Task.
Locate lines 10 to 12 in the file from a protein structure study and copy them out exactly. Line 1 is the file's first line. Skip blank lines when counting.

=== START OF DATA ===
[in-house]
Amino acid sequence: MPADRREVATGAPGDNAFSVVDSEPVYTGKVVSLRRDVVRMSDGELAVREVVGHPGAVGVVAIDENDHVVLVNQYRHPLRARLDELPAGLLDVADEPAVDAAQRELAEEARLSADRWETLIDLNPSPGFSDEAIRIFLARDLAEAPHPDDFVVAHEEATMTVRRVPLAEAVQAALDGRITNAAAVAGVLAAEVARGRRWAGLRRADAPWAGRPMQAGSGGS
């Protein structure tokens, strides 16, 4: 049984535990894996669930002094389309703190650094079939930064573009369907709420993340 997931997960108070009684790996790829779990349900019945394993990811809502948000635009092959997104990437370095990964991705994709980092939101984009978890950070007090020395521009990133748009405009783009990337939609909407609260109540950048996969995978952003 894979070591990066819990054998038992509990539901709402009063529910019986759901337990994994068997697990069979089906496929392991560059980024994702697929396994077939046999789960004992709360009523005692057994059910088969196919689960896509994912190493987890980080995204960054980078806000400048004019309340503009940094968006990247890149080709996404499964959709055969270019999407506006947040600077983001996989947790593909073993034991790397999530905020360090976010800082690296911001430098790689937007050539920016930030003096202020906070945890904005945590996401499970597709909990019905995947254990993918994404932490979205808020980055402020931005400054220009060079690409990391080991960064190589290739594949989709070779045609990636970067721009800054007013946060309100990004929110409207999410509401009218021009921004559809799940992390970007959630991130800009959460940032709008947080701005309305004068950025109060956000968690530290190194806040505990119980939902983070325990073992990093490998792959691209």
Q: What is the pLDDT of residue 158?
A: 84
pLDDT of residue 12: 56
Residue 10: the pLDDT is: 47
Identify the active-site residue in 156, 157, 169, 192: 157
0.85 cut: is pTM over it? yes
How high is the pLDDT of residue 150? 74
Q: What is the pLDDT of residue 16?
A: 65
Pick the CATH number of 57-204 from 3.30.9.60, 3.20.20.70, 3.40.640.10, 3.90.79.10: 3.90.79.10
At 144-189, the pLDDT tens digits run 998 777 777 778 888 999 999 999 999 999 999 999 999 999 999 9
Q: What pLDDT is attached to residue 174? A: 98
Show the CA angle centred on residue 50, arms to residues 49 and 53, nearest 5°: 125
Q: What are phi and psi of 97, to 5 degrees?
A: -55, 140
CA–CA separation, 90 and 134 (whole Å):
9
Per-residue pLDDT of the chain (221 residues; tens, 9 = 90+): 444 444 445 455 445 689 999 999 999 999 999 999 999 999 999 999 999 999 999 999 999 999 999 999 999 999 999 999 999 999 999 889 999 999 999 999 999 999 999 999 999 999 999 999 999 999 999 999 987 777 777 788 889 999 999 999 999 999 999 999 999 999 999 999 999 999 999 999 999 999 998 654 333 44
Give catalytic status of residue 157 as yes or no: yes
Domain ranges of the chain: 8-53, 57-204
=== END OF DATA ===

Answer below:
How high is the pLDDT of residue 150? 74
Q: What is the pLDDT of residue 16?
A: 65